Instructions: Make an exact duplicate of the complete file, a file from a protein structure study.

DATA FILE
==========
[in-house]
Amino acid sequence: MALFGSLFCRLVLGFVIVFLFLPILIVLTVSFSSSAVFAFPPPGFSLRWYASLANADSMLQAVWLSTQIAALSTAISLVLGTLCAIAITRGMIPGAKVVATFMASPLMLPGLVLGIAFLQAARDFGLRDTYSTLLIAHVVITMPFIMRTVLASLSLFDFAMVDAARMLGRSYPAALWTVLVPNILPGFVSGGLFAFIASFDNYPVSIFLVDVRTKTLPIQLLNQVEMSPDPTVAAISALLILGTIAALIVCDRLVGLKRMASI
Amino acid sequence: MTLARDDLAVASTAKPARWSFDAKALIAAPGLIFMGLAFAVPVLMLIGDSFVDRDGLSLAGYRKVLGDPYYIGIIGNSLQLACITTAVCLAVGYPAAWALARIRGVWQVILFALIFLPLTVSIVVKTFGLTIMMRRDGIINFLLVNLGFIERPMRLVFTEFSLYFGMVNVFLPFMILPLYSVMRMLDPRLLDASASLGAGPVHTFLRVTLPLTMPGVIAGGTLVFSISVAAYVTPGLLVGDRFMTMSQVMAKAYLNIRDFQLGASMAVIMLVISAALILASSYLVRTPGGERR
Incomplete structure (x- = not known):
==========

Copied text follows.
[in-house]
Amino acid sequence: MALFGSLFCRLVLGFVIVFLFLPILIVLTVSFSSSAVFAFPPPGFSLRWYASLANADSMLQAVWLSTQIAALSTAISLVLGTLCAIAITRGMIPGAKVVATFMASPLMLPGLVLGIAFLQAARDFGLRDTYSTLLIAHVVITMPFIMRTVLASLSLFDFAMVDAARMLGRSYPAALWTVLVPNILPGFVSGGLFAFIASFDNYPVSIFLVDVRTKTLPIQLLNQVEMSPDPTVAAISALLILGTIAALIVCDRLVGLKRMASI
Amino acid sequence: MTLARDDLAVASTAKPARWSFDAKALIAAPGLIFMGLAFAVPVLMLIGDSFVDRDGLSLAGYRKVLGDPYYIGIIGNSLQLACITTAVCLAVGYPAAWALARIRGVWQVILFALIFLPLTVSIVVKTFGLTIMMRRDGIINFLLVNLGFIERPMRLVFTEFSLYFGMVNVFLPFMILPLYSVMRMLDPRLLDASASLGAGPVHTFLRVTLPLTMPGVIAGGTLVFSISVAAYVTPGLLVGDRFMTMSQVMAKAYLNIRDFQLGASMAVIMLVISAALILASSYLVRTPGGERR
Incomplete structure (x- = not known):